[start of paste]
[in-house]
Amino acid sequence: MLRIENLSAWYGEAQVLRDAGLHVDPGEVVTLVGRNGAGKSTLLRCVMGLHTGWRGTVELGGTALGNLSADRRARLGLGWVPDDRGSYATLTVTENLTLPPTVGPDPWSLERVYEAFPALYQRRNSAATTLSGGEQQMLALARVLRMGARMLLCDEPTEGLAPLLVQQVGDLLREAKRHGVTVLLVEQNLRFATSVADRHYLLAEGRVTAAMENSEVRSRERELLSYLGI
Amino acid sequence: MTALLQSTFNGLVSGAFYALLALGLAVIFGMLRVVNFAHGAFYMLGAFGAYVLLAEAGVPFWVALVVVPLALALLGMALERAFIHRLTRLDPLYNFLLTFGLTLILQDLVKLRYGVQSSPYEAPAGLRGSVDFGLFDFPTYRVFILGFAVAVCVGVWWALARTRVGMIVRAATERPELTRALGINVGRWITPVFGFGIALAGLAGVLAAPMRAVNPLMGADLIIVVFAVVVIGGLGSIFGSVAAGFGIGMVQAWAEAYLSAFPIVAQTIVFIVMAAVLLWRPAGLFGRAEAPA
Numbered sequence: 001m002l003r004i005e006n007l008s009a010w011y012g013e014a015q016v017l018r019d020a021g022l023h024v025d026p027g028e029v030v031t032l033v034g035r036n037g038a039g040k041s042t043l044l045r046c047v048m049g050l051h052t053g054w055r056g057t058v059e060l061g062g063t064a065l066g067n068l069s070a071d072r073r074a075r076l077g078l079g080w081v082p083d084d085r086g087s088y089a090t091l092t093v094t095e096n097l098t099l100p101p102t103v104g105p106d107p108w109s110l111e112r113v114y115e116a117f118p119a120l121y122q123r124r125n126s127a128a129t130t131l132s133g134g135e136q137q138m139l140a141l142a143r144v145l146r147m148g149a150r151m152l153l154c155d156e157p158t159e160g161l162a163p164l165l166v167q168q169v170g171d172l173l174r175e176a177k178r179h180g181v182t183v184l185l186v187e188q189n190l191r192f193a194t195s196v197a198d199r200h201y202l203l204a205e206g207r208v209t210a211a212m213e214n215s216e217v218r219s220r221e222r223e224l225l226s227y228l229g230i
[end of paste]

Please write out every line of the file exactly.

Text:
[in-house]
Amino acid sequence: MLRIENLSAWYGEAQVLRDAGLHVDPGEVVTLVGRNGAGKSTLLRCVMGLHTGWRGTVELGGTALGNLSADRRARLGLGWVPDDRGSYATLTVTENLTLPPTVGPDPWSLERVYEAFPALYQRRNSAATTLSGGEQQMLALARVLRMGARMLLCDEPTEGLAPLLVQQVGDLLREAKRHGVTVLLVEQNLRFATSVADRHYLLAEGRVTAAMENSEVRSRERELLSYLGI
Amino acid sequence: MTALLQSTFNGLVSGAFYALLALGLAVIFGMLRVVNFAHGAFYMLGAFGAYVLLAEAGVPFWVALVVVPLALALLGMALERAFIHRLTRLDPLYNFLLTFGLTLILQDLVKLRYGVQSSPYEAPAGLRGSVDFGLFDFPTYRVFILGFAVAVCVGVWWALARTRVGMIVRAATERPELTRALGINVGRWITPVFGFGIALAGLAGVLAAPMRAVNPLMGADLIIVVFAVVVIGGLGSIFGSVAAGFGIGMVQAWAEAYLSAFPIVAQTIVFIVMAAVLLWRPAGLFGRAEAPA
Numbered sequence: 001m002l003r004i005e006n007l008s009a010w011y012g013e014a015q016v017l018r019d020a021g022l023h024v025d026p027g028e029v030v031t032l033v034g035r036n037g038a039g040k041s042t043l044l045r046c047v048m049g050l051h052t053g054w055r056g057t058v059e060l061g062g063t064a065l066g067n068l069s070a071d072r073r074a075r076l077g078l079g080w081v082p083d084d085r086g087s088y089a090t091l092t093v094t095e096n097l098t099l100p101p102t103v104g105p106d107p108w109s110l111e112r113v114y115e116a117f118p119a120l121y122q123r124r125n126s127a128a129t130t131l132s133g134g135e136q137q138m139l140a141l142a143r144v145l146r147m148g149a150r151m152l153l154c155d156e157p158t159e160g161l162a163p164l165l166v167q168q169v170g171d172l173l174r175e176a177k178r179h180g181v182t183v184l185l186v187e188q189n190l191r192f193a194t195s196v197a198d199r200h201y202l203l204a205e206g207r208v209t210a211a212m213e214n215s216e217v218r219s220r221e222r223e224l225l226s227y228l229g230i